Wednesday, May 14, 2008

And Good Luck With That

Afghanistan intends to ask the international community for another $50-billion in aid at the donors conference in Paris in June.

Unfortunately Afghanistan is old news, a country where the international community is already looking for the exit door. Lives have been wasted and billions squandered transforming Afghanistan from a failed state under the Taliban to a failed state under the rule of warlords.

I suppose massive amounts of aid will be promised in Paris but whether that aid will ever reach Afghanistan is another question. Much will probably hinge on next year's Afghan elections. Who will wind up running the show and what will their agenda look like? No one knows. At the moment, Karzai seems to be everyone's default choice but no one is particularly happy about it.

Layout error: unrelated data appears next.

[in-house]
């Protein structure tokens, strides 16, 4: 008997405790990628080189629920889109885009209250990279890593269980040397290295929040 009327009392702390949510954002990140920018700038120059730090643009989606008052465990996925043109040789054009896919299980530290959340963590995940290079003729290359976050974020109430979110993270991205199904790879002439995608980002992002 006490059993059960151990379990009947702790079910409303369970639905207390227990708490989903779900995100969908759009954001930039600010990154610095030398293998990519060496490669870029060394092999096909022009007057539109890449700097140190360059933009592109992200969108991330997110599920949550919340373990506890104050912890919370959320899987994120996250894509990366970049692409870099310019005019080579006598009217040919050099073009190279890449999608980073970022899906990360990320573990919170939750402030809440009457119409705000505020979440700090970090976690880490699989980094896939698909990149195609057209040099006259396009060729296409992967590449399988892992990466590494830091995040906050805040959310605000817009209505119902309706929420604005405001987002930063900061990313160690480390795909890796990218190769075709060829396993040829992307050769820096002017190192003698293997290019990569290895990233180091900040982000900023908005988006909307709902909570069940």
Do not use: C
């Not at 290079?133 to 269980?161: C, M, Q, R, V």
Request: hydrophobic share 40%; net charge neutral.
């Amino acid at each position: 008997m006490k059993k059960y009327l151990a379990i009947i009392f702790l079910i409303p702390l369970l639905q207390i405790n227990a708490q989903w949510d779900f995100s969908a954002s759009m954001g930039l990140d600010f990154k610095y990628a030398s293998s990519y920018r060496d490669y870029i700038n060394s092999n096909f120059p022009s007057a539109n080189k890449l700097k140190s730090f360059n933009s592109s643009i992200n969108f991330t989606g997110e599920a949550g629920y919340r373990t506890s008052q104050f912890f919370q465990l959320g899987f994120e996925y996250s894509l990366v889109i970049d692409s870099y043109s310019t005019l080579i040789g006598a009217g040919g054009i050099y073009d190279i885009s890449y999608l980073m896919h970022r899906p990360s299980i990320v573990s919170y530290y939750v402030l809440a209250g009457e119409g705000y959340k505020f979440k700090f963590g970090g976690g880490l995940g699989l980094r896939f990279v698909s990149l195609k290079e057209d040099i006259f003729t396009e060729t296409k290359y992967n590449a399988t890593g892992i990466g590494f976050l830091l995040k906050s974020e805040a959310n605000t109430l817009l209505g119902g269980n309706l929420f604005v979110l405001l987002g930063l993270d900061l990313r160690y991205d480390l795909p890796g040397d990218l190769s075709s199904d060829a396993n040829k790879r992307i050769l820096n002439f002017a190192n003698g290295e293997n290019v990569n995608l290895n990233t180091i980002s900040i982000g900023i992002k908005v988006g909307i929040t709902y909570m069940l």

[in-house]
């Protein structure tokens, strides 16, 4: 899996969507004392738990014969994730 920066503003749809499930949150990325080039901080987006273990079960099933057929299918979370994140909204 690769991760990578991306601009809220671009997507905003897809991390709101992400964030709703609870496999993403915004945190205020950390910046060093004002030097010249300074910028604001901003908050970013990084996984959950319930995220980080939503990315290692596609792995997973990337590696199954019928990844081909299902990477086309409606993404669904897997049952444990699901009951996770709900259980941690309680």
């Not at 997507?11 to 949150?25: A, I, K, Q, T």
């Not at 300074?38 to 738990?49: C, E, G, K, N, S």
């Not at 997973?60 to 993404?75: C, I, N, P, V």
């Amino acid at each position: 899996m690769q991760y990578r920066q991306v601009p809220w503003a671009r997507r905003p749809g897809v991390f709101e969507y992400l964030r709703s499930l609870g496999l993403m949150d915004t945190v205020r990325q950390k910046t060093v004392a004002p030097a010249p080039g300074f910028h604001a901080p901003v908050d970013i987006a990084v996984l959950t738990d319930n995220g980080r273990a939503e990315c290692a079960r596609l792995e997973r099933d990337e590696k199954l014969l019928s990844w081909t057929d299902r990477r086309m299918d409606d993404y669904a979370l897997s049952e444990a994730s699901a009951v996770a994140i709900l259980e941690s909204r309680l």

Afghanistan's other problem is that you can only be the poster boy for so long. Since the Taliban were routed in 2001, Afghanistan has been a bottomless pit for Western assistance, military and civil. However, with a government as corrupt and compromised as Karzai's, it's been little more than pissing into the wind. That sort of frustrating effort has a limited shelf life and Afghanistan has already passed its "best before" date.

No matter how hard we try not to notice, there are other problems in the world as deserving of our assistance and we're doing no one any favours by neglecting them. Food shortages, disaster relief, sectarian violence abound seemingly everywhere outside the borders of the Western world.

Besides, what's in it for us? Both Russia and China have a very tangible, economic interest in Afghanistan. They want at the mineral resources and want to run pipelines across the entire country. Why then aren't they handling the security? I don't think they would do a worse job of it than we have.

No, I don't think we'll be seeing $50-billion worth of sincere, binding commitments coming out of Paris next month. If America wants to prop up Kabul to keep it out of the sphere of influence of the Russians and Chinese, that's none of our business. We can put our money and our soldiers' lives to better use than as fodder for Washington's geopolitical games.

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